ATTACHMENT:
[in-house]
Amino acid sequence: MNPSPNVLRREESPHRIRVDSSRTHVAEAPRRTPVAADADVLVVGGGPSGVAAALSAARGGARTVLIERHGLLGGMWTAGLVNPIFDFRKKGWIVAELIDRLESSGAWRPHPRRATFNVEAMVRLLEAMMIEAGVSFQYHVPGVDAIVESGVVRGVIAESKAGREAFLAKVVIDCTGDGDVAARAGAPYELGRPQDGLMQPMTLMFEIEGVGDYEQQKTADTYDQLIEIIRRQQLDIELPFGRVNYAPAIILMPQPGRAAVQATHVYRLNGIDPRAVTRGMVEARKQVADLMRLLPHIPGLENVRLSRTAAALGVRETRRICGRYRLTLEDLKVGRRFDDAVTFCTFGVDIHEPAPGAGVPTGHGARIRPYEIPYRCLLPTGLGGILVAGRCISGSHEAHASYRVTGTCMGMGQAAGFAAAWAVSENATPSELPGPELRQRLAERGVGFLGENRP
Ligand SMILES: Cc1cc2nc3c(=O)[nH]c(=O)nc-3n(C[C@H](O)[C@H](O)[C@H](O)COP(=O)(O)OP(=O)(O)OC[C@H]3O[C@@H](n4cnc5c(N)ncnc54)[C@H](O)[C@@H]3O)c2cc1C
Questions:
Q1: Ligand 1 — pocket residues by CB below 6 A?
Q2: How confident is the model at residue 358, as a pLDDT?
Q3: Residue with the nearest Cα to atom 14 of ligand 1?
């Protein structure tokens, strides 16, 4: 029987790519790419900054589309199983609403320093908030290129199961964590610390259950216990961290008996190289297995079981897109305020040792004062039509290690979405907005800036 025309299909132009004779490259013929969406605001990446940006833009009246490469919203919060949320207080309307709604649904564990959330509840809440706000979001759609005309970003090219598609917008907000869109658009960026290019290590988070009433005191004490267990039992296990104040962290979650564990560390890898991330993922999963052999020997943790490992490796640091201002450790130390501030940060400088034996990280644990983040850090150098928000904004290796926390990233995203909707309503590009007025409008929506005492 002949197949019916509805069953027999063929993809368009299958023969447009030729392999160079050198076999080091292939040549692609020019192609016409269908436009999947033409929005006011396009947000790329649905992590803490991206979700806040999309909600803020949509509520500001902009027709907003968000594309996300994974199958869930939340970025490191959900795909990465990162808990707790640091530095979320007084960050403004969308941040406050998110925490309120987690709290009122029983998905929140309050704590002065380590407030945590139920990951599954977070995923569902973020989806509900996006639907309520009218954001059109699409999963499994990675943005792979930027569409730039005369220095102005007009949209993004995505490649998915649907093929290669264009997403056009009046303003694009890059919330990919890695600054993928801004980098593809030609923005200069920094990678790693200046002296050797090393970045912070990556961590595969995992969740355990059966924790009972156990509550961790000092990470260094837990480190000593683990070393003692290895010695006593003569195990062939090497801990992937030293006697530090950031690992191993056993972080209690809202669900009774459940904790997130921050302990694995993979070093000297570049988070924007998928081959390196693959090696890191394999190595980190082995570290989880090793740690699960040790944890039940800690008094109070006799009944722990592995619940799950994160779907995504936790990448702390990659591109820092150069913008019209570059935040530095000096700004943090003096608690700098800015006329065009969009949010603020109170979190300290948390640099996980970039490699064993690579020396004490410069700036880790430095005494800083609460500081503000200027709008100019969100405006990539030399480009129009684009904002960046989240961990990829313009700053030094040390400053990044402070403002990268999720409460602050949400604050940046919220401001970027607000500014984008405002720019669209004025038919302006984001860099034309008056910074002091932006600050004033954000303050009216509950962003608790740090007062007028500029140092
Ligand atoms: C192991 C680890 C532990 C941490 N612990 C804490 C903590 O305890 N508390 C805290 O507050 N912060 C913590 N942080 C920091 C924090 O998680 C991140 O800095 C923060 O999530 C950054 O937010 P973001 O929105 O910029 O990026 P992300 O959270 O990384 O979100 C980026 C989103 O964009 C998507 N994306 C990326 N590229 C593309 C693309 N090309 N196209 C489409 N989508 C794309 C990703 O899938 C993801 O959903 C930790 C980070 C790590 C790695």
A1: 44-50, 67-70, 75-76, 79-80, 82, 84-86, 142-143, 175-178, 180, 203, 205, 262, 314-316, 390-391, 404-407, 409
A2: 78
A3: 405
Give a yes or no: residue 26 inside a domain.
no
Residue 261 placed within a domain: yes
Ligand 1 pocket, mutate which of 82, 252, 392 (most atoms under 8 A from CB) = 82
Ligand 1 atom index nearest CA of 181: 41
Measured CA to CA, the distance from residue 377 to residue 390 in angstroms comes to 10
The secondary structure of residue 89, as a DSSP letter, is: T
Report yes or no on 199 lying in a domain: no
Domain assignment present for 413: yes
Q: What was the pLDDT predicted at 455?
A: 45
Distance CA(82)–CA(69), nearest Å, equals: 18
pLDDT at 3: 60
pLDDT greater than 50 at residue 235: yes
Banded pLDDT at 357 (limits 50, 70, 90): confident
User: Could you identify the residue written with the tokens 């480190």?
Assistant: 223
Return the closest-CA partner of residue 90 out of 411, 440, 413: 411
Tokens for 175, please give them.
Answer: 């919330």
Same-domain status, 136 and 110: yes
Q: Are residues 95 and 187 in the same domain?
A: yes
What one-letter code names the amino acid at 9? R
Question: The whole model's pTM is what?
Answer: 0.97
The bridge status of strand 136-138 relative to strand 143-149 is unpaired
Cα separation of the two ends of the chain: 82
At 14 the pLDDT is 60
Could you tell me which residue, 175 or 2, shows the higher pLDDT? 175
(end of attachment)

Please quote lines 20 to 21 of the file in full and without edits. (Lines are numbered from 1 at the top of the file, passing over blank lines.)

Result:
Report yes or no on 199 lying in a domain: no
Domain assignment present for 413: yes